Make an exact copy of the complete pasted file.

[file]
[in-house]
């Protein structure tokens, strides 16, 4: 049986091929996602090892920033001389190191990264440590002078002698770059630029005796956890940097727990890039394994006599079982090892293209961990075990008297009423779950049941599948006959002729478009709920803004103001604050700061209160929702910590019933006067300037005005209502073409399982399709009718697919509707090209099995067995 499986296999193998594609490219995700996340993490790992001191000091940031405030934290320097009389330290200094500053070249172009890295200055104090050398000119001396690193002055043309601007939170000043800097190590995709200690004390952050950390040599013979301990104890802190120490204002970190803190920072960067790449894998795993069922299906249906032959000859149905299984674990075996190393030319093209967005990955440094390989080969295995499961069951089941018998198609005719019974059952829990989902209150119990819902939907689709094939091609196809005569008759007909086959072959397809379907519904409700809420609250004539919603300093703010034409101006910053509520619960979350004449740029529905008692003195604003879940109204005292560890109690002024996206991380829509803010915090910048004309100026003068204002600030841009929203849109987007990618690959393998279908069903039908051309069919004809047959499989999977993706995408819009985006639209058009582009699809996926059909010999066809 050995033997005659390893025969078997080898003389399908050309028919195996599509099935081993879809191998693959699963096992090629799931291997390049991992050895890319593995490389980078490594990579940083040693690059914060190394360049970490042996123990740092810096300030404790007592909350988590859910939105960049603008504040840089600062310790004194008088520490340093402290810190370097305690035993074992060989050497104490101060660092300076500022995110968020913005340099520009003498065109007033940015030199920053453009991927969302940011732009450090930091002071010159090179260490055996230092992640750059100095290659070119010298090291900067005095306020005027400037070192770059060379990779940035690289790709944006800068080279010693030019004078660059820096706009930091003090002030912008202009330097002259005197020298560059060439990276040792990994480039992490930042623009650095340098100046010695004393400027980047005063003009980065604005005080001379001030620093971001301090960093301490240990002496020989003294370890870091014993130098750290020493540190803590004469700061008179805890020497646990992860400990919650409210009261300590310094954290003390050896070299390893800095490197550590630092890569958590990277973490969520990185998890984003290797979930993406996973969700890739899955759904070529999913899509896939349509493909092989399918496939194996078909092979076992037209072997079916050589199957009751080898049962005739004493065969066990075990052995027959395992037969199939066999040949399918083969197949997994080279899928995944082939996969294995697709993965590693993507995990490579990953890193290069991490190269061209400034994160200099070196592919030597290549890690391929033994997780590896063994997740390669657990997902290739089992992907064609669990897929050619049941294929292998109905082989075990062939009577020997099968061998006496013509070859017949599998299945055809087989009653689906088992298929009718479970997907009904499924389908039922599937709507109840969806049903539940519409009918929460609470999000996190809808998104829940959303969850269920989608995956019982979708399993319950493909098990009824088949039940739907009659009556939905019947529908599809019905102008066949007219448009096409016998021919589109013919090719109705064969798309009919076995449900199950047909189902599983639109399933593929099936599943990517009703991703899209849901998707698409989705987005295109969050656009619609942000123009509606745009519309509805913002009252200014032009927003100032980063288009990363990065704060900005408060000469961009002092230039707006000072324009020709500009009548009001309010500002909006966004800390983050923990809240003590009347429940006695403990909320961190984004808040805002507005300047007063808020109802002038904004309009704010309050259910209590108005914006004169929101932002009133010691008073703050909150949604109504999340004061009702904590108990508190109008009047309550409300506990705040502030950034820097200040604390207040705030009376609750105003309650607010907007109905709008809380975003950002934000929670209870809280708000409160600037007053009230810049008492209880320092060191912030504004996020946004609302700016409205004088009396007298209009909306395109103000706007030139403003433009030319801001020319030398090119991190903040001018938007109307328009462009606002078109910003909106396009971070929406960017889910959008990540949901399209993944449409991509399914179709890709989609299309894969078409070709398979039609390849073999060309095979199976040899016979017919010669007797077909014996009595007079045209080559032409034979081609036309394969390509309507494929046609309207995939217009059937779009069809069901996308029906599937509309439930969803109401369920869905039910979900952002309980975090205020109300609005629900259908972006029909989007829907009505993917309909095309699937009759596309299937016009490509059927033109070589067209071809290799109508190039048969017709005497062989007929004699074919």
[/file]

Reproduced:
[in-house]
């Protein structure tokens, strides 16, 4: 049986091929996602090892920033001389190191990264440590002078002698770059630029005796956890940097727990890039394994006599079982090892293209961990075990008297009423779950049941599948006959002729478009709920803004103001604050700061209160929702910590019933006067300037005005209502073409399982399709009718697919509707090209099995067995 499986296999193998594609490219995700996340993490790992001191000091940031405030934290320097009389330290200094500053070249172009890295200055104090050398000119001396690193002055043309601007939170000043800097190590995709200690004390952050950390040599013979301990104890802190120490204002970190803190920072960067790449894998795993069922299906249906032959000859149905299984674990075996190393030319093209967005990955440094390989080969295995499961069951089941018998198609005719019974059952829990989902209150119990819902939907689709094939091609196809005569008759007909086959072959397809379907519904409700809420609250004539919603300093703010034409101006910053509520619960979350004449740029529905008692003195604003879940109204005292560890109690002024996206991380829509803010915090910048004309100026003068204002600030841009929203849109987007990618690959393998279908069903039908051309069919004809047959499989999977993706995408819009985006639209058009582009699809996926059909010999066809 050995033997005659390893025969078997080898003389399908050309028919195996599509099935081993879809191998693959699963096992090629799931291997390049991992050895890319593995490389980078490594990579940083040693690059914060190394360049970490042996123990740092810096300030404790007592909350988590859910939105960049603008504040840089600062310790004194008088520490340093402290810190370097305690035993074992060989050497104490101060660092300076500022995110968020913005340099520009003498065109007033940015030199920053453009991927969302940011732009450090930091002071010159090179260490055996230092992640750059100095290659070119010298090291900067005095306020005027400037070192770059060379990779940035690289790709944006800068080279010693030019004078660059820096706009930091003090002030912008202009330097002259005197020298560059060439990276040792990994480039992490930042623009650095340098100046010695004393400027980047005063003009980065604005005080001379001030620093971001301090960093301490240990002496020989003294370890870091014993130098750290020493540190803590004469700061008179805890020497646990992860400990919650409210009261300590310094954290003390050896070299390893800095490197550590630092890569958590990277973490969520990185998890984003290797979930993406996973969700890739899955759904070529999913899509896939349509493909092989399918496939194996078909092979076992037209072997079916050589199957009751080898049962005739004493065969066990075990052995027959395992037969199939066999040949399918083969197949997994080279899928995944082939996969294995697709993965590693993507995990490579990953890193290069991490190269061209400034994160200099070196592919030597290549890690391929033994997780590896063994997740390669657990997902290739089992992907064609669990897929050619049941294929292998109905082989075990062939009577020997099968061998006496013509070859017949599998299945055809087989009653689906088992298929009718479970997907009904499924389908039922599937709507109840969806049903539940519409009918929460609470999000996190809808998104829940959303969850269920989608995956019982979708399993319950493909098990009824088949039940739907009659009556939905019947529908599809019905102008066949007219448009096409016998021919589109013919090719109705064969798309009919076995449900199950047909189902599983639109399933593929099936599943990517009703991703899209849901998707698409989705987005295109969050656009619609942000123009509606745009519309509805913002009252200014032009927003100032980063288009990363990065704060900005408060000469961009002092230039707006000072324009020709500009009548009001309010500002909006966004800390983050923990809240003590009347429940006695403990909320961190984004808040805002507005300047007063808020109802002038904004309009704010309050259910209590108005914006004169929101932002009133010691008073703050909150949604109504999340004061009702904590108990508190109008009047309550409300506990705040502030950034820097200040604390207040705030009376609750105003309650607010907007109905709008809380975003950002934000929670209870809280708000409160600037007053009230810049008492209880320092060191912030504004996020946004609302700016409205004088009396007298209009909306395109103000706007030139403003433009030319801001020319030398090119991190903040001018938007109307328009462009606002078109910003909106396009971070929406960017889910959008990540949901399209993944449409991509399914179709890709989609299309894969078409070709398979039609390849073999060309095979199976040899016979017919010669007797077909014996009595007079045209080559032409034979081609036309394969390509309507494929046609309207995939217009059937779009069809069901996308029906599937509309439930969803109401369920869905039910979900952002309980975090205020109300609005629900259908972006029909989007829907009505993917309909095309699937009759596309299937016009490509059927033109070589067209071809290799109508190039048969017709005497062989007929004699074919």